Gorges, Ferdinando (DNB00)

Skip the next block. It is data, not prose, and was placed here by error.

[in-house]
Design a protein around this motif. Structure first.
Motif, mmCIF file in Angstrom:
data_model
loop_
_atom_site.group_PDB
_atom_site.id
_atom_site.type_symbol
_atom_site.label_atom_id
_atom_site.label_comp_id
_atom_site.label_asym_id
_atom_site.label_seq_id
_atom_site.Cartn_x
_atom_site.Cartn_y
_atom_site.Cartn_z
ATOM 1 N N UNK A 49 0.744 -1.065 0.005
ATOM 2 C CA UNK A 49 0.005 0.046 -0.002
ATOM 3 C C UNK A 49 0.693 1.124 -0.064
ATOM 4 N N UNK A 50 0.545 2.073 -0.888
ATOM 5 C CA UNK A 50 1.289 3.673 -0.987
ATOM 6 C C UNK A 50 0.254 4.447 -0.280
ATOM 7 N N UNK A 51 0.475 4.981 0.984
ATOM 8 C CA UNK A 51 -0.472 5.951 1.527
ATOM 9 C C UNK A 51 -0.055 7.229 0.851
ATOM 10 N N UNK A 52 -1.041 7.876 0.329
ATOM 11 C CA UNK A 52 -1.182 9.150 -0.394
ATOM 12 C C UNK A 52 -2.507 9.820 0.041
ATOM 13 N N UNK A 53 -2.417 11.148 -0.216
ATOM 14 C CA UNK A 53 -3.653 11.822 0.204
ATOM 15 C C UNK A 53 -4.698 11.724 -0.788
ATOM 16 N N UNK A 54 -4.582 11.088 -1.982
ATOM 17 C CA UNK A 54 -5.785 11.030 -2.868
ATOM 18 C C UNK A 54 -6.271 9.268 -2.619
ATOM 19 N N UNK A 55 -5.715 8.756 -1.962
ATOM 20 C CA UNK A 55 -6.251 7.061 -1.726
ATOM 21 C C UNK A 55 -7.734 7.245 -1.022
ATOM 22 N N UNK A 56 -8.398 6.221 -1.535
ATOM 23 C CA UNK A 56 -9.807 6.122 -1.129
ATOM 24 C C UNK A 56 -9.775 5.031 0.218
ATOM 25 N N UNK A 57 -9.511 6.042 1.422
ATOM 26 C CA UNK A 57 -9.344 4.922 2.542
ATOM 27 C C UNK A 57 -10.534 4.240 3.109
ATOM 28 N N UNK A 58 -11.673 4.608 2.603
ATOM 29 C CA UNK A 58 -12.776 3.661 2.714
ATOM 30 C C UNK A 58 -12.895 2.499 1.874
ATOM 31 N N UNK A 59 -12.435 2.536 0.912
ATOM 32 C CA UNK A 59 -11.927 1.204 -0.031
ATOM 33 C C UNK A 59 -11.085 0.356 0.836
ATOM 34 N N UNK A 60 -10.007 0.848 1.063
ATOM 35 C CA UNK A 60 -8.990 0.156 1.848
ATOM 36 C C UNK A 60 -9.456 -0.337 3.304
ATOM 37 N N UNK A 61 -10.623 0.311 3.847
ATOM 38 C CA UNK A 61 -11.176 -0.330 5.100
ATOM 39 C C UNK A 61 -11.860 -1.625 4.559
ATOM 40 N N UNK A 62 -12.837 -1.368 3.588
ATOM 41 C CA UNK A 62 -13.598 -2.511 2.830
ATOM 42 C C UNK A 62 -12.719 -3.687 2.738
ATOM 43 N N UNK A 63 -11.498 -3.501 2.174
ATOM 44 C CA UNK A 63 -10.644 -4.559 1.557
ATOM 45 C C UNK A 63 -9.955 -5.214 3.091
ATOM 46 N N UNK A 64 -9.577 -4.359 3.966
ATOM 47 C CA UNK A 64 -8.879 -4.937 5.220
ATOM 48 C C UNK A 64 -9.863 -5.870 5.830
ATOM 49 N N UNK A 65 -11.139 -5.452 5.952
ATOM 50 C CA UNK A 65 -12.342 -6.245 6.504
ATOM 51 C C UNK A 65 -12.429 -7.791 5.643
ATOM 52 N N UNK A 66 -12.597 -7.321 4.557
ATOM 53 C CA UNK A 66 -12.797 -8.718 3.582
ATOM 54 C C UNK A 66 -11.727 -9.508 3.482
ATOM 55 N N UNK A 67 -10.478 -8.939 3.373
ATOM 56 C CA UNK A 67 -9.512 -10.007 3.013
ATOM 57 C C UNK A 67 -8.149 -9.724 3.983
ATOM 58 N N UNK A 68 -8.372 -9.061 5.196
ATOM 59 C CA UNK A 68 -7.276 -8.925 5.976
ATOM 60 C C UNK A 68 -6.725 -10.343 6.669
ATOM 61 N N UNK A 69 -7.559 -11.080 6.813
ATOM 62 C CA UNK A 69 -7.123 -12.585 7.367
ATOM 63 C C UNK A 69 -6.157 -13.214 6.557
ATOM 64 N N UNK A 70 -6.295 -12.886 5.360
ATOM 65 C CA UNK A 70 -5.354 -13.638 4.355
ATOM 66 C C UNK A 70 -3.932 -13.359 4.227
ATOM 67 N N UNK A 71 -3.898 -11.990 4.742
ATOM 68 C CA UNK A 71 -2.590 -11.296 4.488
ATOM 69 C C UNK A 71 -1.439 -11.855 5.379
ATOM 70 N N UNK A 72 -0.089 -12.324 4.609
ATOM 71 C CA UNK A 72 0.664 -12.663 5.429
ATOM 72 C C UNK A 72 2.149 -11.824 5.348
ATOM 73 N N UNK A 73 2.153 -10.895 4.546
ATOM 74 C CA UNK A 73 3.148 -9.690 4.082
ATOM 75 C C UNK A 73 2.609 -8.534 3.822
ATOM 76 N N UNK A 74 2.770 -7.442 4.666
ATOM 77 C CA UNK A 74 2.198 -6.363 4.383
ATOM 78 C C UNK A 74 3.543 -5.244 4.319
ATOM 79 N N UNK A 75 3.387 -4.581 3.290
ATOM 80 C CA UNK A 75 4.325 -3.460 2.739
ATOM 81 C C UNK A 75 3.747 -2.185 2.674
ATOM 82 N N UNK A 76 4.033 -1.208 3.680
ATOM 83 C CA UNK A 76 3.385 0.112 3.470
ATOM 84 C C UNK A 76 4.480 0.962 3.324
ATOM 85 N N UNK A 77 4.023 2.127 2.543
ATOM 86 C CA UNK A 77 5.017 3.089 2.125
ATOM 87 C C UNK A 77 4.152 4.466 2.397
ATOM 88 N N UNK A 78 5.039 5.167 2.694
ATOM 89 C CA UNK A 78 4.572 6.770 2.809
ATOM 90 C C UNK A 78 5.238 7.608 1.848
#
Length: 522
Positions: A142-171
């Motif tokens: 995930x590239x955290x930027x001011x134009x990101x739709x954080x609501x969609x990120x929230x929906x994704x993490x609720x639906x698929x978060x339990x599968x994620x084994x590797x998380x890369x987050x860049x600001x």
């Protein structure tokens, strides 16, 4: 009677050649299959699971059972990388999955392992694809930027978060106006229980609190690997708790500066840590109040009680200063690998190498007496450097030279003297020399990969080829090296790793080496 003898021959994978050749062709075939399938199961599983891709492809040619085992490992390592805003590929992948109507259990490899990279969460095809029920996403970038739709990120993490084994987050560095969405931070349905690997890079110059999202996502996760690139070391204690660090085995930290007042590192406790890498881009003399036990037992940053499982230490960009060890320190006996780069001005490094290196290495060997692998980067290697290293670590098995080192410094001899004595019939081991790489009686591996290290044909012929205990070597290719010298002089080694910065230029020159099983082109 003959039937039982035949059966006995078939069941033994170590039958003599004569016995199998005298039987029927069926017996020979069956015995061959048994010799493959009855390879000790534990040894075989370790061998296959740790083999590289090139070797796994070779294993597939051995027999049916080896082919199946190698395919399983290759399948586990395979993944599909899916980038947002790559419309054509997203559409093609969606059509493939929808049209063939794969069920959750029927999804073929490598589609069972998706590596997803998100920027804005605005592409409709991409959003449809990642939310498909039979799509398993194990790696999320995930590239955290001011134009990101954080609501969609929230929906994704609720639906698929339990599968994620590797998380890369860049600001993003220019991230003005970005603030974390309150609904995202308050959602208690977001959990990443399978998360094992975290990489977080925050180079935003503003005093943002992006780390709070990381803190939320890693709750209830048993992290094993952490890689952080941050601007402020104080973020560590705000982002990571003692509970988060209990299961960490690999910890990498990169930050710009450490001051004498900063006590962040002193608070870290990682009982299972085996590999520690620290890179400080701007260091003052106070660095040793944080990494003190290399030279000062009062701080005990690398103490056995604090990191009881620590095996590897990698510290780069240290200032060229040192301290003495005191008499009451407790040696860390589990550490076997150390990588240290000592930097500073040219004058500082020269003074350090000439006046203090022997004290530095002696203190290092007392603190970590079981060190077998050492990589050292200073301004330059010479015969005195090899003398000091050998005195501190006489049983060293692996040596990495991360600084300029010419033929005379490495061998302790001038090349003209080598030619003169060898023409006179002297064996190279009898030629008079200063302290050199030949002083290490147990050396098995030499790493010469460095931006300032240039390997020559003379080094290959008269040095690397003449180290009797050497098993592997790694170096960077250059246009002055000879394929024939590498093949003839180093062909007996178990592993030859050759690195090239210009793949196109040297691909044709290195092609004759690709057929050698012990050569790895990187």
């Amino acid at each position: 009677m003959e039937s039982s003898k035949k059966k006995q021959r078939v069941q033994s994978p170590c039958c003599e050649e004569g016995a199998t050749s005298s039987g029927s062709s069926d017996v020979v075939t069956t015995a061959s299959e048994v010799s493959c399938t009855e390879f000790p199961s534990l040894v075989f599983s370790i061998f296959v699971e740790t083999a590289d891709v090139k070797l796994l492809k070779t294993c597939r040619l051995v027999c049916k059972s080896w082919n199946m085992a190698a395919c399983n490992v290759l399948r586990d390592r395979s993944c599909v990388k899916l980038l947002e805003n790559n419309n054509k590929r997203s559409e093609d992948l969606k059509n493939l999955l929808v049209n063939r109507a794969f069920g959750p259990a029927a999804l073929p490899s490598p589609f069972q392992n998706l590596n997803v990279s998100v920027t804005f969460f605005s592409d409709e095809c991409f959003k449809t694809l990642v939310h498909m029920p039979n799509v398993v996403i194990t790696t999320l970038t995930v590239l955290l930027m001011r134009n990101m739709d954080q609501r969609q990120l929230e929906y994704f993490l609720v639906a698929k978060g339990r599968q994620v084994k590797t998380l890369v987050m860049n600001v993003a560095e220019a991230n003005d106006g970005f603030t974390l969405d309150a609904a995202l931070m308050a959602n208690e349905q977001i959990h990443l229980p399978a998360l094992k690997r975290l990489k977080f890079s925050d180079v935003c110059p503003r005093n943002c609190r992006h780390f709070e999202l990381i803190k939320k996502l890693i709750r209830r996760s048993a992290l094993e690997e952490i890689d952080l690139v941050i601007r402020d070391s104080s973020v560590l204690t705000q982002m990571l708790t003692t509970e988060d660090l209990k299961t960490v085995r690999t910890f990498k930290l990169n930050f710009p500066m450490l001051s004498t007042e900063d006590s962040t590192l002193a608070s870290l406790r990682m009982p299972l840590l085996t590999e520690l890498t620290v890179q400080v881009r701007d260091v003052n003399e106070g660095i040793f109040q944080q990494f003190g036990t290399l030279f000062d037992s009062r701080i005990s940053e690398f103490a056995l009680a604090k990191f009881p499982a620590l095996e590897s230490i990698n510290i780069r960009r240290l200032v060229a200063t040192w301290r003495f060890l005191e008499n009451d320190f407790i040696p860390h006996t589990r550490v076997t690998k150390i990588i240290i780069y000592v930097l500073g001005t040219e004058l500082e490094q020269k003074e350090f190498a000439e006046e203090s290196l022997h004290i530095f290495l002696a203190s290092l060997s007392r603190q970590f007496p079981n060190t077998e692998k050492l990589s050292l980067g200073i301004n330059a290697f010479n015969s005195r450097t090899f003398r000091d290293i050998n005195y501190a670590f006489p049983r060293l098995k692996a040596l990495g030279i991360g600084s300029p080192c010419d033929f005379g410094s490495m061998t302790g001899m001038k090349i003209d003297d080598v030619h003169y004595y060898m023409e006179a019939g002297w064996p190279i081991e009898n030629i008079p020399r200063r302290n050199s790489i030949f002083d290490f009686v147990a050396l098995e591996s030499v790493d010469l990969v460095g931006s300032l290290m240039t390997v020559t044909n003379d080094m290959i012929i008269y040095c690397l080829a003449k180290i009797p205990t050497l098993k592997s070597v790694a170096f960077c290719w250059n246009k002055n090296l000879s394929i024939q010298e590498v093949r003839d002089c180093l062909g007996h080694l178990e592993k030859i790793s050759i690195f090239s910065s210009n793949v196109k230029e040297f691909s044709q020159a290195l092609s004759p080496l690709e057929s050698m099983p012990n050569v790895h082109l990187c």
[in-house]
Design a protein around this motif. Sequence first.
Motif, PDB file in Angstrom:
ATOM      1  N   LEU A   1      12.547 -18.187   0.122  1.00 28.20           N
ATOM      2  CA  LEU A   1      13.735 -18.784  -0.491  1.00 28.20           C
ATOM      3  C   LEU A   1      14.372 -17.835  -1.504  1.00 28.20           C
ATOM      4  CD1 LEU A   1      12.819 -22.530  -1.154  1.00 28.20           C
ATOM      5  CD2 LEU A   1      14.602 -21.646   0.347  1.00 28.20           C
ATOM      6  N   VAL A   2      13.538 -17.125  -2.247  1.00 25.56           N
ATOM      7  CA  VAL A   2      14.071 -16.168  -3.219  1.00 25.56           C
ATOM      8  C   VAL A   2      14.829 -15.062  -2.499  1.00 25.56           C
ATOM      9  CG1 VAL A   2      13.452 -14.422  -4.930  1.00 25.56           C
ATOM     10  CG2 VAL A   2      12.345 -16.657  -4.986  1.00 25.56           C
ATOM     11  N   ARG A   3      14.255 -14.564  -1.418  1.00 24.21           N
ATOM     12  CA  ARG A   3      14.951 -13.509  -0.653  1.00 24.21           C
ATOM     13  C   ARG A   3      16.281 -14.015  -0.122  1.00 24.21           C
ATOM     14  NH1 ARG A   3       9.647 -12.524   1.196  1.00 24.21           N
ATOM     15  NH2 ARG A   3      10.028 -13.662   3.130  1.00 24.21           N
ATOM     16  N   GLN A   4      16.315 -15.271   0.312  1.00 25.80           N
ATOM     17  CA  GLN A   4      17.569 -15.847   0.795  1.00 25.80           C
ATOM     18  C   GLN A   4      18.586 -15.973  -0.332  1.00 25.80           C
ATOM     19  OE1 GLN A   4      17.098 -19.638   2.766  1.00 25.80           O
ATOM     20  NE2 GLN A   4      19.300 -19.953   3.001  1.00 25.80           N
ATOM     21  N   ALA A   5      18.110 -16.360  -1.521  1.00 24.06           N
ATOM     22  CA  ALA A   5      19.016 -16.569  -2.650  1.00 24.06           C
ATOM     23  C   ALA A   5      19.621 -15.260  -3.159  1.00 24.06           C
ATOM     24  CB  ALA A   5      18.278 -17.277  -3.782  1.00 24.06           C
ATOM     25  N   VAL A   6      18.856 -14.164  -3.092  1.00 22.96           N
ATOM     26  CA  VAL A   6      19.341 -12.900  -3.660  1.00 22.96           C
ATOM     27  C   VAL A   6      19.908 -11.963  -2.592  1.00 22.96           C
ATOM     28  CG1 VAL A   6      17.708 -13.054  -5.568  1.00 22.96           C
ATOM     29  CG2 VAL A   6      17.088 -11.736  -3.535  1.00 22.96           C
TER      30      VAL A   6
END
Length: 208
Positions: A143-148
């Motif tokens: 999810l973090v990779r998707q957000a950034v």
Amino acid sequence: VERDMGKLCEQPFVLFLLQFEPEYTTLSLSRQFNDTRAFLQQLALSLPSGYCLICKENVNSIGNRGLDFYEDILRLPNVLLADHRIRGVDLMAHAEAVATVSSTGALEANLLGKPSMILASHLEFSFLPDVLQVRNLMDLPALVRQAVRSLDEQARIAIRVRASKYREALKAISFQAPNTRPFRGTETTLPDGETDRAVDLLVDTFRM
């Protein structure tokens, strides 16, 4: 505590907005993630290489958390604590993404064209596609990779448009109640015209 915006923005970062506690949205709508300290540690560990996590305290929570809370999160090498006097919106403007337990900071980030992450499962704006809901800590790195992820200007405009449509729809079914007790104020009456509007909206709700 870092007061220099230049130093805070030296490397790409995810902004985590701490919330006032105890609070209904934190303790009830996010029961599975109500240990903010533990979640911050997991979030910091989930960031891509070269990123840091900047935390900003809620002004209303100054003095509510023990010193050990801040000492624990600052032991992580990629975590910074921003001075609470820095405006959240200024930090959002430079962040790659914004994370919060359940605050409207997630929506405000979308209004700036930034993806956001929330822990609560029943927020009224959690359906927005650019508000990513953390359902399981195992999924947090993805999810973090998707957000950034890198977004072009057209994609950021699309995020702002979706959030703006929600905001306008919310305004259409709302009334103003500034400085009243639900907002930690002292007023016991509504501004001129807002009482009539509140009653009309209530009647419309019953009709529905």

GORGES, Sir FERDINANDO (1566?–1647), naval and military commander, governor of Plymouth, the ‘father of English colonisation in America,’ of a family said to have been settled in Somersetshire from the time of Henry I, and holding estates in the parish of Wraxall from the time of Edward II, was the younger son of Edward Gorges of Wraxall, whose great-grandfather, Edmund Gorges, married Anne, eldest daughter of John Howard, first duke of Norfolk. Gorges's elder brother, Edward, was baptised at Wraxall on 5 Sept. 1564, and he himself is mentioned in his father's will, dated 10 Aug. 1568; the date of his birth may therefore be approximately fixed at 1566. It would seem that he early adopted the profession of arms; may possibly have served in the Low Countries under the Earl of Leicester, and probably against the Great Armada, with his father's cousin, Nicholas Gorges, who commanded the London contingent of the squadron under Lord Henry Seymour. He may have been with Norreys in Portugal in 1589, and was certainly with the Earl of Essex in Normandy in 1591. He is spoken of as having distinguished himself at the siege of Rouen, as being wounded, and knighted by the general (‘Journal of the Siege of Rouen,’ pp. 68, 71, in Camden Miscellany, vol. i.; Devereux, Lives of the Earls of Essex, i. 271). Some years before that he was acting as overseer of the fortifications of Plymouth and its neighbourhood (Calendar of State Papers, Dom. 1591, p. 152), and four years later is referred to, in a similar connection, as ‘a gentleman of worth and experience’ (ib. 13 Oct. 1595), though even at this later date certainly not more than thirty. But from this time onward he was intimately connected with Plymouth, and for many years was officially designated as ‘governor of the forts and island of Plymouth.’ His duties, however, did not by any means confine him to that neighbourhood. He does not appear to have had any part in the expedition to Cadiz in 1596, but is mentioned as having, with the Dreadnought and Foresight, joined Essex for the ‘Island Voyage’ in 1597 (Devereux, i. 434), though his name has no place in the lists as given by Monson or Lediard. We find him, after the expedition, arranging with the mayor of Plymouth for the return of ‘such parcels of armour and other furnitures as remain in the fort of Plymouth, furnished by the city [of London] for the late service to the islands’ (Gorges to Mr. John Trelawney, 30 Jan. 1597, Addit. MS. 5752, f. 104). In January 1598–9 Gorges is named as serjeant-major of the army in Ireland with Essex (Devereux, ii. 9), an appointment which he must have either refused, or given up within a very short time (Archæologia, xxxiii. 249). In July, at any rate, on a rumour of a threatened Spanish invasion, he was at Plymouth taking measures for the defence of the town (ib. xxxv. 213), and it would seem that he continued at Plymouth till January 1600–1, when, in answer to a summons from Essex [see Devereux, Robert, second Earl of Essex, (1567–1601)], he joined him in London on the 31st. By thus summoning him to London, Essex showed that he counted on him as a partisan—a fact that throws great doubt on Gorges's statement that he had not heard from Essex for two years before. His own evidence proves that he was at once received as a member of the party, that he was present at the meeting at Drury House on Tuesday, 3 Feb., when rebellion was at least suggested (Jardine, i. 332), and was still with Essex on 8 Feb., when the lord keeper, the lord chief justice, and others were made prisoners and (it was asserted) held as hostages by Essex. Whether alarmed by Raleigh's warning (Edwards, Life of Ralegh, i. 256; Archæologia, xxxiii. 250), and desirous to secure the lord keeper's interest in his favour, or misunderstanding an order of Essex, Gorges released the prisoners; and though arrested along with Essex and his companions, he seems to have been admitted at once as a witness against his chief. That he did not give his evidence with a clear conscience may be judged by Essex's address: ‘My lords, look upon Sir Ferdinando, and see if he looks like himself. All the world shall see by my death and his life whose testimony is the truest’ (Jardine, i. 335). Notwithstanding Gorges's subsequent protestations (Archæologia, xxxiii. 261) it cannot be maintained that his conduct at this period was in the slightest degree chivalrous. And yet, two years later, he was spoken of as implicated in the so-called ‘Main plot’ (Edwards, i. 396), though of the fact there was no evidence whatever, and, indeed, he seems to have been at the time on bad terms with Raleigh (ib. ii. 312).